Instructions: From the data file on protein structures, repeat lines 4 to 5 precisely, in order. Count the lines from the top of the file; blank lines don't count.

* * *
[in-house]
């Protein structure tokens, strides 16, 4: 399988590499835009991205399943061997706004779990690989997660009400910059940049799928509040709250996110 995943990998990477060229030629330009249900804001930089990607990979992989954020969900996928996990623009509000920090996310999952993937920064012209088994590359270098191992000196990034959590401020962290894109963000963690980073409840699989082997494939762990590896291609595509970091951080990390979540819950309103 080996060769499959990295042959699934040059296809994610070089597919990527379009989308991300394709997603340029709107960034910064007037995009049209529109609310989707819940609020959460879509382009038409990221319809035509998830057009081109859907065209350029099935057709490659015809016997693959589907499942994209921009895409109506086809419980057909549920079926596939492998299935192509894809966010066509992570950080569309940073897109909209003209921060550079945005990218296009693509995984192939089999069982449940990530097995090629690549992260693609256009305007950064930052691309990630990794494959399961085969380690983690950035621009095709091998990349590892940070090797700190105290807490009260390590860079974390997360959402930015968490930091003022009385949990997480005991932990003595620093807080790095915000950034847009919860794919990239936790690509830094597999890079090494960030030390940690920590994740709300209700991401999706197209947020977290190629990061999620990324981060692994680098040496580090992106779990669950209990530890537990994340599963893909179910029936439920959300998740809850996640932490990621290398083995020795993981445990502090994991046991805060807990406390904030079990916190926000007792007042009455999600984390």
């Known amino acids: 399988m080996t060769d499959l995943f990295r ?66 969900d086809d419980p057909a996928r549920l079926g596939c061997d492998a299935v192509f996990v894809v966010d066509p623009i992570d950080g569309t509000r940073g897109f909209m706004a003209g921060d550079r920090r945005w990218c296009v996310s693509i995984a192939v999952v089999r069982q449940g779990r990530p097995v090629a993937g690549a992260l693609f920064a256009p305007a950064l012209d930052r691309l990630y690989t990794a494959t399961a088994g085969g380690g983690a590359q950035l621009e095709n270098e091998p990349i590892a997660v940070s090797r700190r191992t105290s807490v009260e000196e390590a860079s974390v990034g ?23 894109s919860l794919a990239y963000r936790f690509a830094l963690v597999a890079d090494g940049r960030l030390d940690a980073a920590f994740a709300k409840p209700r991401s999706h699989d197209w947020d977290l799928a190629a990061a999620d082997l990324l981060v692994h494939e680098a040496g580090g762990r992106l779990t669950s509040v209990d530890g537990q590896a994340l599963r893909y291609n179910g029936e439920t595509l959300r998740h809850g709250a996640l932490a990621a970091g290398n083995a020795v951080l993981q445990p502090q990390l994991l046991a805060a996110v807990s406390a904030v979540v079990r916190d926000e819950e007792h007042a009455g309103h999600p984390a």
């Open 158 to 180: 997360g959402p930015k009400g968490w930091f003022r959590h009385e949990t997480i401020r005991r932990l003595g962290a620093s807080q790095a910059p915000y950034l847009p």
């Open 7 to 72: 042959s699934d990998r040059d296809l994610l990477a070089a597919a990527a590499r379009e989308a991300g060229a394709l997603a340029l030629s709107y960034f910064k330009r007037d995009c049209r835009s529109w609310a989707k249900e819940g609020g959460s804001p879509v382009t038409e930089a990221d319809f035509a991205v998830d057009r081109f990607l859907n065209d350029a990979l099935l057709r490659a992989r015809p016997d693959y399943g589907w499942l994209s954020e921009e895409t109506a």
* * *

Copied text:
């Open 158 to 180: 997360g959402p930015k009400g968490w930091f003022r959590h009385e949990t997480i401020r005991r932990l003595g962290a620093s807080q790095a910059p915000y950034l847009p």
């Open 7 to 72: 042959s699934d990998r040059d296809l994610l990477a070089a597919a990527a590499r379009e989308a991300g060229a394709l997603a340029l030629s709107y960034f910064k330009r007037d995009c049209r835009s529109w609310a989707k249900e819940g609020g959460s804001p879509v382009t038409e930089a990221d319809f035509a991205v998830d057009r081109f990607l859907n065209d350029a990979l099935l057709r490659a992989r015809p016997d693959y399943g589907w499942l994209s954020e921009e895409t109506a």